(I will be publishing two separate blog entries on this subject of the IOS/Android juggernaut, one by me and one by Irad soon, so stay tuned).
The rise of ‘Over the Top’ - which uses a broadband connection rather than the existing cable systems to view video content – has been long feared in the cable business. But now it’s a reality and gathering steam – a veritable tidal wave on the horizon that still looks small – but as it gets closer it does have the potential to permanently change the media delivery landscape. I believe that it’s not too late for the cable companies to avoid the Blockbuster Collapse Syndrome described in the Cnet article – but cable companies will need to focus their energy on rapidly pursuing change by doing three things to keep their business relevant for the long long term (cause no one thinks they will be disappearing tomorrow… but what about the day after tomorrow???):
1) Abandoning the addiction to the bundle. This has always been a sore point with consumers – especially those who know that they can get a lot of what they need elsewhere and on-demand. The model from time immemorial has indeed been bundled content. But a lot of consumers truly dislike this model and will abandon it to pay less for ‘less’ content (the ‘less’ being facetious because most of the ‘more’ that people have they don’t actually consume – most people watch only a few channels regularly). The younger generations of video consumers (those under 30…I mean) will be the hardest to acquire to the ‘old way’ and unbundling content could go a long way to helping them get over the hump of skepticism about that model. Unbundling content, offering it a la carte and doing so FAST – will convince consumers that the cable cos. actually understand what is going on and are not burying their head in the sand of current fees.
2) Drastically reducing fees. There ARE ways to get content for less… and if Net Neutrality holds – then there will be more ways to get content for free or, at least, for less. What this means to a whole generation of people growing up on the Net (those under 30-somethings mentioned above) – and those that are avid and proficient Net users (who didn’t fully grow up on the Net but use it like they did – meaning above 30 and below 60) what this means to them is that they don’t see any reason to pay more for less content. And this group is not small (it’s a prime demographic) and the phenomenon is not a trickle – it’s a major and growing trend and like cord-cutters to the wireline world – these people will discover they can live without paying exorbitant fees and will never come back. Reduction of fees, along with unbundled content a la carte, will alleviate a lot of the pressure that most consumers have to find alternatives.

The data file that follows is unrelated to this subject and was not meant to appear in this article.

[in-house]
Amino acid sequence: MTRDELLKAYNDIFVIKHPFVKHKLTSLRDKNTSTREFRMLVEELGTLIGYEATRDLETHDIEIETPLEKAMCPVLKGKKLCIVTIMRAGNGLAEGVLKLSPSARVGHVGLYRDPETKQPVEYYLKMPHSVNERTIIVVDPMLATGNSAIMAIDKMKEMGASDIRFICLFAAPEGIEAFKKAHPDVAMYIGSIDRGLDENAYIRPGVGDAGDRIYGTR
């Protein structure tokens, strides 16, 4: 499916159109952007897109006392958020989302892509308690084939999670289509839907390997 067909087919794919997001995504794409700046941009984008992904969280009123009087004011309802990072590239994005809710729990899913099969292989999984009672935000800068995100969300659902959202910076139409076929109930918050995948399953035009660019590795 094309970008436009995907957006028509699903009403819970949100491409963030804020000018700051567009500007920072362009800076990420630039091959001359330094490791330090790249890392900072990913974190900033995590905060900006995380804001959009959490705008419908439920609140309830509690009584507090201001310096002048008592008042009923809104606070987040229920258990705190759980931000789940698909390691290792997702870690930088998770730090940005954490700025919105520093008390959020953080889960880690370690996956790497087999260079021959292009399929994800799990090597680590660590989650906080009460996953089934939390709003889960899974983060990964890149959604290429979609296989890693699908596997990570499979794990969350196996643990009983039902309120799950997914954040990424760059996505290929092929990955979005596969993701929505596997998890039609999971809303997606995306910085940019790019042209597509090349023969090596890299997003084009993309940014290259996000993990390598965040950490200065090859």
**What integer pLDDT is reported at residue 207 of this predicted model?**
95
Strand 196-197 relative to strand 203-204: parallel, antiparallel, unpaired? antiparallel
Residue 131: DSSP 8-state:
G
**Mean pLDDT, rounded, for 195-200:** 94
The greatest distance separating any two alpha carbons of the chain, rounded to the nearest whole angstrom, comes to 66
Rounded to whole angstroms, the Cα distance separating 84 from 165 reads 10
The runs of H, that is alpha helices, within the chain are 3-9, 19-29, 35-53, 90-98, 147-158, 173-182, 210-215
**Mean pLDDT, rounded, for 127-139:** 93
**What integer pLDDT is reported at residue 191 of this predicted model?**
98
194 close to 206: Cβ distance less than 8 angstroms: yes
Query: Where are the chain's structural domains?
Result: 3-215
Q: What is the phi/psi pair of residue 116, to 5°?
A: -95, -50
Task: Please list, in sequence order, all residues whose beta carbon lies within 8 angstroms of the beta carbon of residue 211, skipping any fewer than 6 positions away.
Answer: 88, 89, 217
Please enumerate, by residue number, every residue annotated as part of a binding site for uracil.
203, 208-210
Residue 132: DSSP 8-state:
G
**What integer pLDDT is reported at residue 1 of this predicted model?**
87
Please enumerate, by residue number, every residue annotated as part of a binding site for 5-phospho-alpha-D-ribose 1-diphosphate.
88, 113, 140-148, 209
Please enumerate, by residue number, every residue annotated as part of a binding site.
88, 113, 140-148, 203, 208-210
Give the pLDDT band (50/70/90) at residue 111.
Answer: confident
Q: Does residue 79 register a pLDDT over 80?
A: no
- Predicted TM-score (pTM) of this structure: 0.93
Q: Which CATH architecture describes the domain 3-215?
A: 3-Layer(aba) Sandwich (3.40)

3) Dramatically improving customer service and enhancing the customer experience. For too long, consumers have had the short end of the stick because the companies providing them cable content were basically monopolies. That is no longer the case – we all know – consumers have choice. One of the most annoying aspects of the relationship with the CCs is the in-home appointment – still one of the most reviled consumer events in America. Until all the cable and broadband companies wake up to the fact that they have to make the installation, repair and upgrading of service dramatically less painful to customers – people will look for, and find, a way to cut their cord. The alternative being Satellite (which needs less maintenance) + Wireless 4G Data (which needs none).
It’s amazing how fast technology (and the companies who deliver it) becomes obsolete. It’s scary to watch a tidal of change just wash over the current familiar ways. But change is accelerating. And sometimes the writing, clearly on the wall and well in time to do something about it, is a blessing – it’s probably a good idea not wait too long to read it and take action.